“The lamp of the body is the eye; if therefore your eye is clear, your whole body will be full of light. But if your eye is bad, your whole body will be full of darkness. If therefore the light that is in you is darkness, how great is the darkness! No one can serve two masters; for either he will hate the one and love the other, or he will hold to one and despise the other. You cannot serve God and Mammon.” I am not suggesting, nor do I believe Jesus is saying, that having money is equivalent to darkness. Nevertheless, this is a heart test. Many pastors and preachers, theologians and teachers, teach their followers financial responsibility using the Bible. Problem: they usually teach to store up money. Again, I am not taking these verses to literal extremes but look at the context. How easy is it to be on a financial plan that one obsesses over? It’s a very slippery slope from fiscal responsibility to the love of money. I am the last person on Earth that should be writing about money, therefore I will cease soon. However, I will confess to being bad with money but God always takes care of our needs. Keep considering the context.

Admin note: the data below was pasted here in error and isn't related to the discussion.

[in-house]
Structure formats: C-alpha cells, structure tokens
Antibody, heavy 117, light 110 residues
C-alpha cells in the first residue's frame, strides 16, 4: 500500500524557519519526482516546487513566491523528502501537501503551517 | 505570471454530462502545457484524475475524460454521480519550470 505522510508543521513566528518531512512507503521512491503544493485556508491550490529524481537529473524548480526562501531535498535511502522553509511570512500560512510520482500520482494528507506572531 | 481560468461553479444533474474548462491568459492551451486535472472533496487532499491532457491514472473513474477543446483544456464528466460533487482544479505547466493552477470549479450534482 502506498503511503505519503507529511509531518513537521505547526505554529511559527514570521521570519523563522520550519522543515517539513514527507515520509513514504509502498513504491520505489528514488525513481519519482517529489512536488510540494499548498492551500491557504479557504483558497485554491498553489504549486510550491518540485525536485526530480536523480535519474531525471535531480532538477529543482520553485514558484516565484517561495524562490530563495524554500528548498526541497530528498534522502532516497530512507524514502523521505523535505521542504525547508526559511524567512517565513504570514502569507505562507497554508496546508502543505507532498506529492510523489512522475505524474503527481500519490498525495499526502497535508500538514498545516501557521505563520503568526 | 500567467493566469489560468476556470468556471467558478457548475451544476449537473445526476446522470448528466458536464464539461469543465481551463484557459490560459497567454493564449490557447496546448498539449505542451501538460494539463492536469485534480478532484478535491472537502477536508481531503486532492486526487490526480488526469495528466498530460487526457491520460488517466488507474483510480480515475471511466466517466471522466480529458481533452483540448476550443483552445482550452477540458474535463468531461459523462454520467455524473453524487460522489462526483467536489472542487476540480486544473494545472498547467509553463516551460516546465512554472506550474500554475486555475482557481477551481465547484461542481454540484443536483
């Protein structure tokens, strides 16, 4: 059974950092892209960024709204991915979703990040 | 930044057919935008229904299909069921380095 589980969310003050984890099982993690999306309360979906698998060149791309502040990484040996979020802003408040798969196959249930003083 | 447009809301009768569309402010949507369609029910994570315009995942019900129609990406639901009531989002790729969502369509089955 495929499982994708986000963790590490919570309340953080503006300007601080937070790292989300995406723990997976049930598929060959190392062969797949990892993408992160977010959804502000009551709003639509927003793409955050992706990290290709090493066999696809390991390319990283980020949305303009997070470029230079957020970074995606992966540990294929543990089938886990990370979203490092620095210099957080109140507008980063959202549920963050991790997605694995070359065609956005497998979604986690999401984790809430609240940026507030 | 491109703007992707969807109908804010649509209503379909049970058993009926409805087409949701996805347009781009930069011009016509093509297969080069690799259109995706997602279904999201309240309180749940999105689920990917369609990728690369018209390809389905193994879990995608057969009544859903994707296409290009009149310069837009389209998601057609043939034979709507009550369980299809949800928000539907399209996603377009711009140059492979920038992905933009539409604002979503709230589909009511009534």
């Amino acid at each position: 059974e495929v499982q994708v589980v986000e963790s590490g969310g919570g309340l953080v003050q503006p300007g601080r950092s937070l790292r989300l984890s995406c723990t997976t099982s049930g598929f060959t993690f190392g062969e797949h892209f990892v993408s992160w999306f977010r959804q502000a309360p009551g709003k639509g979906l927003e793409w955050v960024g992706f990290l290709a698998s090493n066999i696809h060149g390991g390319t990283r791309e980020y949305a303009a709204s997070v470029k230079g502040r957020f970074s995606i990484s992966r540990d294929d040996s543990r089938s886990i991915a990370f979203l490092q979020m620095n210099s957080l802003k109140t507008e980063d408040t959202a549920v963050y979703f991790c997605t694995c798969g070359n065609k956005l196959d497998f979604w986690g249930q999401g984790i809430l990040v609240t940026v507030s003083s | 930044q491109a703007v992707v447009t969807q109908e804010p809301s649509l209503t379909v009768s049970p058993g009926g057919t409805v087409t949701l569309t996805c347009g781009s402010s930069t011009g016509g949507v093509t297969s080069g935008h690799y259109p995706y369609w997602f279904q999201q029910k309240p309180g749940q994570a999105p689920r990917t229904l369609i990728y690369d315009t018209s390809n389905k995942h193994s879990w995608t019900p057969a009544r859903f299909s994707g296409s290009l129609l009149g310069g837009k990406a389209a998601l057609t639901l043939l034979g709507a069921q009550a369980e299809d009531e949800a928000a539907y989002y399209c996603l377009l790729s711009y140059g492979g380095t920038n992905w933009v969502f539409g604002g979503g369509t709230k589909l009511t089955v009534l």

“For this reason I say to you, do not be anxious for your life, as to what you shall eat, or what you shall drink; nor for your body, as to what you shall put on. Is not life more than food, and the body than clothing? Look at the birds of the air, that they do not sow, neither do they reap, nor gather into barns, and yet your heavenly Father feeds them. Are you not worth much more than they?” I am not seeing retirement here. Don’t get me wrong, I also don’t see a socialist Utopia either. Nor do I see a lazy christian, writing many missives, expecting pennies from heaven to fall. Paul writes, “For you yourselves know how you ought to follow our example, because we did not act in an undisciplined manner among you, nor did we eat anyone’s bread without paying for it, but with labor and hardship we kept working night and day so that we might not be a burden to any of you; not because we do not have the right to this, but in order to offer ourselves as a model for you, that you might follow our example. For even when we were with you, we used to give you this order: if anyone will not work, neither let him eat.” We must not take these verses to literal extremes nor out of context. Jesus is not saying don’t be fiscally responsible. Nor is he saying to wait around for God to bless you with material goods. Christians starve to death naked in jail cells, that doesn’t mean that the words of God have failed, it means we misunderstand the words of Jesus. Consider the context; “Is not life more than food, and the body than clothing,” Jesus asks rhetorically? Based on the context, we know it’s a rhetorical question because it’s a mountainous monologue. Yet something begins to manifest itself in these words of Jesus.